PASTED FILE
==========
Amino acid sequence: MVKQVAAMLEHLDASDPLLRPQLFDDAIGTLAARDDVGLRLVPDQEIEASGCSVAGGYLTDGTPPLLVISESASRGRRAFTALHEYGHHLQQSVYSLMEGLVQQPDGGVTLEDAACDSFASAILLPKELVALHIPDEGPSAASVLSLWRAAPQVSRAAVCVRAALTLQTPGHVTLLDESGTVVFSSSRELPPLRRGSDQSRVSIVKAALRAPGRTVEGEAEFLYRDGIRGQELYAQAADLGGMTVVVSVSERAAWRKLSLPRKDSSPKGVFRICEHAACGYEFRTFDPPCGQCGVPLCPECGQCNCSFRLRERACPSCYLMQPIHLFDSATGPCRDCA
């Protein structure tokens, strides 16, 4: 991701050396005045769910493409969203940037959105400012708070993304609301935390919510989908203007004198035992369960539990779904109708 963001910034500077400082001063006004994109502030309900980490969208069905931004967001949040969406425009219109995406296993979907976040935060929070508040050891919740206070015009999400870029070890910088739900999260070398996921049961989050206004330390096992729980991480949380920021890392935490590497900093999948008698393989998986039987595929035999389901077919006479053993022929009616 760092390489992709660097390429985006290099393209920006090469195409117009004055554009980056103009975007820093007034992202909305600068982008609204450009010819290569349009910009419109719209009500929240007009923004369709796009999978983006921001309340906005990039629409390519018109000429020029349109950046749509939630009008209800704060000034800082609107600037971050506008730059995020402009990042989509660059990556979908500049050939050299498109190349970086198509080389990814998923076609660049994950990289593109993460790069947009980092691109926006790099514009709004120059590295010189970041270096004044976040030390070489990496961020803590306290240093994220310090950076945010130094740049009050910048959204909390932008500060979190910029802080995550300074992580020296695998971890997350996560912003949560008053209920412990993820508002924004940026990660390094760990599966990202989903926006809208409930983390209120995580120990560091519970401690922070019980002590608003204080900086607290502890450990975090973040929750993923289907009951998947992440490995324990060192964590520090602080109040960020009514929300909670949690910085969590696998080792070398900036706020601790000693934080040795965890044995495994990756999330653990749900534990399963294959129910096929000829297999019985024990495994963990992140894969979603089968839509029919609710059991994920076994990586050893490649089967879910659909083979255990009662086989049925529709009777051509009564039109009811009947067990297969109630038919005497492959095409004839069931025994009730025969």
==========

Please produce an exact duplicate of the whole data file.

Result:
Amino acid sequence: MVKQVAAMLEHLDASDPLLRPQLFDDAIGTLAARDDVGLRLVPDQEIEASGCSVAGGYLTDGTPPLLVISESASRGRRAFTALHEYGHHLQQSVYSLMEGLVQQPDGGVTLEDAACDSFASAILLPKELVALHIPDEGPSAASVLSLWRAAPQVSRAAVCVRAALTLQTPGHVTLLDESGTVVFSSSRELPPLRRGSDQSRVSIVKAALRAPGRTVEGEAEFLYRDGIRGQELYAQAADLGGMTVVVSVSERAAWRKLSLPRKDSSPKGVFRICEHAACGYEFRTFDPPCGQCGVPLCPECGQCNCSFRLRERACPSCYLMQPIHLFDSATGPCRDCA
């Protein structure tokens, strides 16, 4: 991701050396005045769910493409969203940037959105400012708070993304609301935390919510989908203007004198035992369960539990779904109708 963001910034500077400082001063006004994109502030309900980490969208069905931004967001949040969406425009219109995406296993979907976040935060929070508040050891919740206070015009999400870029070890910088739900999260070398996921049961989050206004330390096992729980991480949380920021890392935490590497900093999948008698393989998986039987595929035999389901077919006479053993022929009616 760092390489992709660097390429985006290099393209920006090469195409117009004055554009980056103009975007820093007034992202909305600068982008609204450009010819290569349009910009419109719209009500929240007009923004369709796009999978983006921001309340906005990039629409390519018109000429020029349109950046749509939630009008209800704060000034800082609107600037971050506008730059995020402009990042989509660059990556979908500049050939050299498109190349970086198509080389990814998923076609660049994950990289593109993460790069947009980092691109926006790099514009709004120059590295010189970041270096004044976040030390070489990496961020803590306290240093994220310090950076945010130094740049009050910048959204909390932008500060979190910029802080995550300074992580020296695998971890997350996560912003949560008053209920412990993820508002924004940026990660390094760990599966990202989903926006809208409930983390209120995580120990560091519970401690922070019980002590608003204080900086607290502890450990975090973040929750993923289907009951998947992440490995324990060192964590520090602080109040960020009514929300909670949690910085969590696998080792070398900036706020601790000693934080040795965890044995495994990756999330653990749900534990399963294959129910096929000829297999019985024990495994963990992140894969979603089968839509029919609710059991994920076994990586050893490649089967879910659909083979255990009662086989049925529709009777051509009564039109009811009947067990297969109630038919005497492959095409004839069931025994009730025969």